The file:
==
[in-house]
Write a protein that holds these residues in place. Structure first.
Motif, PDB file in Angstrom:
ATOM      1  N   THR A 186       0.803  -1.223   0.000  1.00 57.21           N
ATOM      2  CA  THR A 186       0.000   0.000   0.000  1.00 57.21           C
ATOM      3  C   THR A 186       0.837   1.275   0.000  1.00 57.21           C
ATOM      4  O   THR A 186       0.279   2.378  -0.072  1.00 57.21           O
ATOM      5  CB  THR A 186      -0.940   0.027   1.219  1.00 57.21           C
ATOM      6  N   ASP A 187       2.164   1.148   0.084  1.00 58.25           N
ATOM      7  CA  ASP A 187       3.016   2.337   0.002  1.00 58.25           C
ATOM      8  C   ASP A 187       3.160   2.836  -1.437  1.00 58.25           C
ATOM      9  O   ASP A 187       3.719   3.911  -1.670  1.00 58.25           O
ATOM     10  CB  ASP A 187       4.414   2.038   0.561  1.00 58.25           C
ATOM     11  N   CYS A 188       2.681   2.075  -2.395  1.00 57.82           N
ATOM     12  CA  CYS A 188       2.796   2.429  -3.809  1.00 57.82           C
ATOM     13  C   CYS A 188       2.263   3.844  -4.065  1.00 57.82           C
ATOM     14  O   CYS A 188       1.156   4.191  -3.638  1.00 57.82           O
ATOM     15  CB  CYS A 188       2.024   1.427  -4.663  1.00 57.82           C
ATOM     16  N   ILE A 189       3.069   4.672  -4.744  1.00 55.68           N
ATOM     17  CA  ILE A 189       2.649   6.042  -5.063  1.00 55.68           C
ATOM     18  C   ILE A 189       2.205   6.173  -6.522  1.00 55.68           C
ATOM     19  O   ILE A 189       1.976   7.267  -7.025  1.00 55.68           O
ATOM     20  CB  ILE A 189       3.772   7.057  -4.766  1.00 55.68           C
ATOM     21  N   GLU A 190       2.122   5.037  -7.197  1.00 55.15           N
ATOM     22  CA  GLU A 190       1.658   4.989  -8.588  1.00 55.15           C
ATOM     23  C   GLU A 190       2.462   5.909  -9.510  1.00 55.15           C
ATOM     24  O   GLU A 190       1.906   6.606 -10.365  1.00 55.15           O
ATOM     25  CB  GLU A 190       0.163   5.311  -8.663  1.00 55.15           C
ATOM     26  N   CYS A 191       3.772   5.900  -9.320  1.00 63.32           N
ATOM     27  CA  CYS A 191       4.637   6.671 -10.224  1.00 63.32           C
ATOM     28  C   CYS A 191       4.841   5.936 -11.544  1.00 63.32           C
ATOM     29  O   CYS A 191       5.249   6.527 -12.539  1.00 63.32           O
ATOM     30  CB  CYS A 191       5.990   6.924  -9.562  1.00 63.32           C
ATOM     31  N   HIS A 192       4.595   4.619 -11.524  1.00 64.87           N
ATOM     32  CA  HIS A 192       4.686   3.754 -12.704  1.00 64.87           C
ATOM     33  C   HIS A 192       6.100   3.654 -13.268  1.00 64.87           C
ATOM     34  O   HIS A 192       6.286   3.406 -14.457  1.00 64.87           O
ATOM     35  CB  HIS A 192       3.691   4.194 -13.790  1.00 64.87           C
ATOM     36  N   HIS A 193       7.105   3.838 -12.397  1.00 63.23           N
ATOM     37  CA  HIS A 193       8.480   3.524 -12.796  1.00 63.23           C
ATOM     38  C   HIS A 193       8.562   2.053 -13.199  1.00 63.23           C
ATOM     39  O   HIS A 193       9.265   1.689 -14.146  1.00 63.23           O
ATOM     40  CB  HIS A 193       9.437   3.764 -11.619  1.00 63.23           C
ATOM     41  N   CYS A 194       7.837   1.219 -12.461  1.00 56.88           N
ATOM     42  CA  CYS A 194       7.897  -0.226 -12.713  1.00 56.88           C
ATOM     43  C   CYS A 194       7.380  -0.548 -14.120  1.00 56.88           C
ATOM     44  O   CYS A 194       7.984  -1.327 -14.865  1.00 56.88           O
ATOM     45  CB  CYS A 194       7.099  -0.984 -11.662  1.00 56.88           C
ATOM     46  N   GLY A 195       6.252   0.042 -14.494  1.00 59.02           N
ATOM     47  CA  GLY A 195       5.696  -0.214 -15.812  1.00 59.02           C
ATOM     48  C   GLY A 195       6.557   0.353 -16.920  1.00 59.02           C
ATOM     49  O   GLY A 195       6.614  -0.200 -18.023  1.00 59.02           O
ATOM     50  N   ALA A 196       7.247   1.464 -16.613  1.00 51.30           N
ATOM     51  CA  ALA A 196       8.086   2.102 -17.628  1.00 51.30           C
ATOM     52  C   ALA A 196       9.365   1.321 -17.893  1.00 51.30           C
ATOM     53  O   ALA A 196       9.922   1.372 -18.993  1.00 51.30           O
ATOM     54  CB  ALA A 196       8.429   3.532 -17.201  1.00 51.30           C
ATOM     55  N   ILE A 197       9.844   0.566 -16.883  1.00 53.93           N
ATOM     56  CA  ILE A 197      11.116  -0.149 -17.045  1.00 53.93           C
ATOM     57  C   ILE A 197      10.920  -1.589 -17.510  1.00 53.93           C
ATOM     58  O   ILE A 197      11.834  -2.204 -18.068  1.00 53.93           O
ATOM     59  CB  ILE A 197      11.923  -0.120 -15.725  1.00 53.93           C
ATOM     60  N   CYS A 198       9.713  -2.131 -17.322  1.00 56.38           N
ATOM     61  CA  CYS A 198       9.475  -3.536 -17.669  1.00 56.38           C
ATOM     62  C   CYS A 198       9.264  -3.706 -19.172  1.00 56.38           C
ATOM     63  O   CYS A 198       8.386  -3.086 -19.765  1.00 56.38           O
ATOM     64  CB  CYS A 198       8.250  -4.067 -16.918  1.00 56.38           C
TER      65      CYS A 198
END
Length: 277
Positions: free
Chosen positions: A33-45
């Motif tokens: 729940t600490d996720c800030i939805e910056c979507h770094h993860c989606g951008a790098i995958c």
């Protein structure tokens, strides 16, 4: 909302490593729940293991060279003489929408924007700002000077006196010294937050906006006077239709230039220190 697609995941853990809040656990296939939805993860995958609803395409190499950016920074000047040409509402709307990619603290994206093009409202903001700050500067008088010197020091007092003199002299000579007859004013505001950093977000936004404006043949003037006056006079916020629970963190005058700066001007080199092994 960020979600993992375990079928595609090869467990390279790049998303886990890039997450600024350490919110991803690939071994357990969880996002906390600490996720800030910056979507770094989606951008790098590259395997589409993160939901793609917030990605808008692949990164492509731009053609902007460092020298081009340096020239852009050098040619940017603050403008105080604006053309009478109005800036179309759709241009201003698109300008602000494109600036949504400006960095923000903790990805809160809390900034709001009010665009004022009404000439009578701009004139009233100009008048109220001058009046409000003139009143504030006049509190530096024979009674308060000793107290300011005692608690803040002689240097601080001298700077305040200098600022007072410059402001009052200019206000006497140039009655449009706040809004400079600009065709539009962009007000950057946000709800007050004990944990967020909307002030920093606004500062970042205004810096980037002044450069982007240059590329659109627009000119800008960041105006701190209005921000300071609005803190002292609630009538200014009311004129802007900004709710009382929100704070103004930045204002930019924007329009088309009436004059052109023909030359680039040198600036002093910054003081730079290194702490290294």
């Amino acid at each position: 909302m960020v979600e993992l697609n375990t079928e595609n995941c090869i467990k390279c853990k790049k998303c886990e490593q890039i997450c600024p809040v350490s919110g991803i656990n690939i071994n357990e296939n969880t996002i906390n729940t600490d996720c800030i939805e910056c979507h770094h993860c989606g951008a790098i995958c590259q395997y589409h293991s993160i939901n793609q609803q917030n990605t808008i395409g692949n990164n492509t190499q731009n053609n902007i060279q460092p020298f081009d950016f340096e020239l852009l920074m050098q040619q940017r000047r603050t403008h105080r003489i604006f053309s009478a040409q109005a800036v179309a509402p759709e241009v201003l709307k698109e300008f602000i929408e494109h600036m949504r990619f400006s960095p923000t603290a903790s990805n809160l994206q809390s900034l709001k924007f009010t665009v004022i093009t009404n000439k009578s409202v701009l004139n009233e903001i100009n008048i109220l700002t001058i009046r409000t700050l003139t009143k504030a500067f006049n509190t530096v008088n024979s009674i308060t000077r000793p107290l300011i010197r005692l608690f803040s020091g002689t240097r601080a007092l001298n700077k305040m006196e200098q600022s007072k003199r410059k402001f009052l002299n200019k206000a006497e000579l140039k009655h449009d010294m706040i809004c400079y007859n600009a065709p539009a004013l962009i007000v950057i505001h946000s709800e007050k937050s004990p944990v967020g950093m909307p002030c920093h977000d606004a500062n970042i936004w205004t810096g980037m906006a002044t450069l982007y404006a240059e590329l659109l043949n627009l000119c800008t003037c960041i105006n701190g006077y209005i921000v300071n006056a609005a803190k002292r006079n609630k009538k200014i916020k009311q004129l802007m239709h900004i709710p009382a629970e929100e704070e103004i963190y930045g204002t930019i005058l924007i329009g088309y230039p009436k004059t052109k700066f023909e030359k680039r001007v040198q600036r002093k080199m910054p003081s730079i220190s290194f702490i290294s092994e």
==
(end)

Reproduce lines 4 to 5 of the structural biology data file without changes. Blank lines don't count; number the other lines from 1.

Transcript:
ATOM      1  N   THR A 186       0.803  -1.223   0.000  1.00 57.21           N
ATOM      2  CA  THR A 186       0.000   0.000   0.000  1.00 57.21           C